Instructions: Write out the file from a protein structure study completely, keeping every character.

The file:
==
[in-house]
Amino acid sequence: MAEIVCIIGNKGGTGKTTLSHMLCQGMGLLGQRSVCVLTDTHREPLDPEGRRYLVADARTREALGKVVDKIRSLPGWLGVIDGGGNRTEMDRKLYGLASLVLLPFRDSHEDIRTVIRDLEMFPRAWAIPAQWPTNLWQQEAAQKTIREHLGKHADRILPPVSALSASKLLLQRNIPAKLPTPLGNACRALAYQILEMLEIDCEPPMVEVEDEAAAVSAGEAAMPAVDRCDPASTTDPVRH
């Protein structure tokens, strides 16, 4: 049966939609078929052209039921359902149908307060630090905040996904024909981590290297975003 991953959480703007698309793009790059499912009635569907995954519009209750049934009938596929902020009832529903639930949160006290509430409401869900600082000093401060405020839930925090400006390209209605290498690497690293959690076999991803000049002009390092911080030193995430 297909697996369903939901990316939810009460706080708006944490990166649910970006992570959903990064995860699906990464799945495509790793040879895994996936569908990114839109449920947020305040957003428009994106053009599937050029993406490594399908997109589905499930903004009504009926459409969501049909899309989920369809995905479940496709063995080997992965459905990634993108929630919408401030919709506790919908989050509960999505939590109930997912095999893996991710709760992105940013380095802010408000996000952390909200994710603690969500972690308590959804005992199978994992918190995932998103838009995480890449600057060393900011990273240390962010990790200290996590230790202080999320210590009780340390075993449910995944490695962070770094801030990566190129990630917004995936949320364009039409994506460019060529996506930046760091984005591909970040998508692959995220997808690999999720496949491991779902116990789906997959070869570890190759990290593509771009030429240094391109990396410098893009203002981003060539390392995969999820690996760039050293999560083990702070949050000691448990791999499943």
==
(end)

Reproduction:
[in-house]
Amino acid sequence: MAEIVCIIGNKGGTGKTTLSHMLCQGMGLLGQRSVCVLTDTHREPLDPEGRRYLVADARTREALGKVVDKIRSLPGWLGVIDGGGNRTEMDRKLYGLASLVLLPFRDSHEDIRTVIRDLEMFPRAWAIPAQWPTNLWQQEAAQKTIREHLGKHADRILPPVSALSASKLLLQRNIPAKLPTPLGNACRALAYQILEMLEIDCEPPMVEVEDEAAAVSAGEAAMPAVDRCDPASTTDPVRH
């Protein structure tokens, strides 16, 4: 049966939609078929052209039921359902149908307060630090905040996904024909981590290297975003 991953959480703007698309793009790059499912009635569907995954519009209750049934009938596929902020009832529903639930949160006290509430409401869900600082000093401060405020839930925090400006390209209605290498690497690293959690076999991803000049002009390092911080030193995430 297909697996369903939901990316939810009460706080708006944490990166649910970006992570959903990064995860699906990464799945495509790793040879895994996936569908990114839109449920947020305040957003428009994106053009599937050029993406490594399908997109589905499930903004009504009926459409969501049909899309989920369809995905479940496709063995080997992965459905990634993108929630919408401030919709506790919908989050509960999505939590109930997912095999893996991710709760992105940013380095802010408000996000952390909200994710603690969500972690308590959804005992199978994992918190995932998103838009995480890449600057060393900011990273240390962010990790200290996590230790202080999320210590009780340390075993449910995944490695962070770094801030990566190129990630917004995936949320364009039409994506460019060529996506930046760091984005591909970040998508692959995220997808690999999720496949491991779902116990789906997959070869570890190759990290593509771009030429240094391109990396410098893009203002981003060539390392995969999820690996760039050293999560083990702070949050000691448990791999499943």